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Myth, Memory and War Experience: German Public Mourning after Defeat, 1918 and 1945
September 15, 2013 @ 5:00 pm - 7:00 pm
James Franklin Williamson, a PhD Candidate in European History at UNC-Chapel Hill, will be speaking in conjunction with the North Carolina German Studies Seminar and Workshop Series. In the wake of both world wars, Germans faced the task of mourning enormous losses while also reordering their defeated societies and discredited governments. Scholars have long noted the relationship between these two periods of collective memorialization and the Third Reich that separated them. Yet while many historians credit a “myth of the war experience” for Weimar Germans’ eventual enthusiasm toward the Nazis, few accounts also explain West Germans’ efforts to enact memorial traditions after 1945 that were inspired by these problematic earlier precedents. The lecture will survey public mourning ceremonies in each context, arguing that beneath similarities in appearance, Germans’ discussions of war and the wartime dead were characterized by important changes over time.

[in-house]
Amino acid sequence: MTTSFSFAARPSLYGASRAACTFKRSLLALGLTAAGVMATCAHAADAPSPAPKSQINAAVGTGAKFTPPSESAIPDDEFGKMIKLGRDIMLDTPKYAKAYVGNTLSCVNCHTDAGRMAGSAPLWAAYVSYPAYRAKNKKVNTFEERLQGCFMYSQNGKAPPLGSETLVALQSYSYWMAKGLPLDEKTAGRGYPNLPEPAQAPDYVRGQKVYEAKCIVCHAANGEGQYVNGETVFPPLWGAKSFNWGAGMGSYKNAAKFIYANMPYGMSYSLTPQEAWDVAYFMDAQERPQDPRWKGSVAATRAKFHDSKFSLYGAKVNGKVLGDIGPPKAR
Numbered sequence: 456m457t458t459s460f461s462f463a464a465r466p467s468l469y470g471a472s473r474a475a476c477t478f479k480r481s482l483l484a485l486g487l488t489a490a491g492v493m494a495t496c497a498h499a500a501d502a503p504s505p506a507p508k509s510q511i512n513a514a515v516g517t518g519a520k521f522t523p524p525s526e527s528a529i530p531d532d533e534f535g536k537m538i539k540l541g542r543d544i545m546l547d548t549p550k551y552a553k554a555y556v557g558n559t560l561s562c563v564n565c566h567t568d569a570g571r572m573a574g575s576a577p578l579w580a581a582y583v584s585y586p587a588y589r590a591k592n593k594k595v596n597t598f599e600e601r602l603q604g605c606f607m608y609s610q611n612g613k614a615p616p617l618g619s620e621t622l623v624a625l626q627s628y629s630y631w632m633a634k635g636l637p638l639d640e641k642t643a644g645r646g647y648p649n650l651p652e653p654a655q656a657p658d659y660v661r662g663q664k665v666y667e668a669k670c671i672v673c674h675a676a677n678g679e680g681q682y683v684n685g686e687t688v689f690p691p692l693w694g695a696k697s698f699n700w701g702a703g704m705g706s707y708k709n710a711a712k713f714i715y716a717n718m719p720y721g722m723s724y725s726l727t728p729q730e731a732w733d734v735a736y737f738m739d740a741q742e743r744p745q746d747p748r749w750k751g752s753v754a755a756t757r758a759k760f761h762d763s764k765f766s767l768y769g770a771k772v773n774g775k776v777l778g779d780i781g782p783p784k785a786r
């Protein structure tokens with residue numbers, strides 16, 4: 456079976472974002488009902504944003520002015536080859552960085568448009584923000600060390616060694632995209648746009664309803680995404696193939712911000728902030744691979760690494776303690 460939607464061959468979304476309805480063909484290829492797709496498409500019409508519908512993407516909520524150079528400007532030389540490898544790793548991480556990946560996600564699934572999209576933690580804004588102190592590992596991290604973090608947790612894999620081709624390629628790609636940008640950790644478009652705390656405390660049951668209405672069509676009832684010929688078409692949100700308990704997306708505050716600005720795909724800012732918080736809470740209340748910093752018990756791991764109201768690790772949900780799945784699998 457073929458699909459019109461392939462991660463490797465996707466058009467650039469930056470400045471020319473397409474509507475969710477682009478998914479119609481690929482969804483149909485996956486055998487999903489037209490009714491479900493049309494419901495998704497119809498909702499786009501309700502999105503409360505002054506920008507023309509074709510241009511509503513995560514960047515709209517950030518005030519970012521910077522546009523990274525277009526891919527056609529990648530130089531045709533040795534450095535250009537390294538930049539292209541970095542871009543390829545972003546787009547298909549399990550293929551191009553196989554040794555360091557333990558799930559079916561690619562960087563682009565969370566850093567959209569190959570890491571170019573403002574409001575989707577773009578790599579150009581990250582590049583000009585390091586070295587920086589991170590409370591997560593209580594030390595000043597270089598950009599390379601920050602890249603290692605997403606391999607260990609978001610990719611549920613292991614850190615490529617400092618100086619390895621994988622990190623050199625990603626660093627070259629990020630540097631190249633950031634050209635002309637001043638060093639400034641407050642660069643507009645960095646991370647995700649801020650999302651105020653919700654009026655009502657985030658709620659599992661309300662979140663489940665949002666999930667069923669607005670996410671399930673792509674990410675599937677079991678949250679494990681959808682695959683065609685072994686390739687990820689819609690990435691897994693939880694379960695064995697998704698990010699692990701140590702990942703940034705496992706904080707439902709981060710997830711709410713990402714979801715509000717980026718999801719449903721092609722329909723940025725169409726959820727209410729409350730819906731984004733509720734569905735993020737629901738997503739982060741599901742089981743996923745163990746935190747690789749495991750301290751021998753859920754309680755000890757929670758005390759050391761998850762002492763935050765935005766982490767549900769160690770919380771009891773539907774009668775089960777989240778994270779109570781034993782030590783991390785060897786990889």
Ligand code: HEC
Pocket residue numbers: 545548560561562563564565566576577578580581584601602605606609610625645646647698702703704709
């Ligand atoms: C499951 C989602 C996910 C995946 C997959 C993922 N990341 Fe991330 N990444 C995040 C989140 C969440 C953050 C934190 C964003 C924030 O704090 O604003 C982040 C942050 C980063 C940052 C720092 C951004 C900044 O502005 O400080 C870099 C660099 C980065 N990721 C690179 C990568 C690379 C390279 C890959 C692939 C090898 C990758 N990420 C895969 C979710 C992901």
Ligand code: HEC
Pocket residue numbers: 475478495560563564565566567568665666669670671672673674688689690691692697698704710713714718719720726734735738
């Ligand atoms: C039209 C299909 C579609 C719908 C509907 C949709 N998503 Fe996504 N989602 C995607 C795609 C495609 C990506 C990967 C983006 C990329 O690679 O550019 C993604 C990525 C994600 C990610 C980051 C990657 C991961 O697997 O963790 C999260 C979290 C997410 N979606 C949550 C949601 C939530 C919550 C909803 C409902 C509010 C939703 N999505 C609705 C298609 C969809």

Co-sponsors include: UNC-Chapel Hill: Carolina Seminars, Institute for the Arts & Humanities, Center for European Studies, Departments of History and German Languages & Literatures | Duke University: Departments of History and German Languages & Literatures, Center for European Studies | Carolina-Duke Graduate Program in German Studies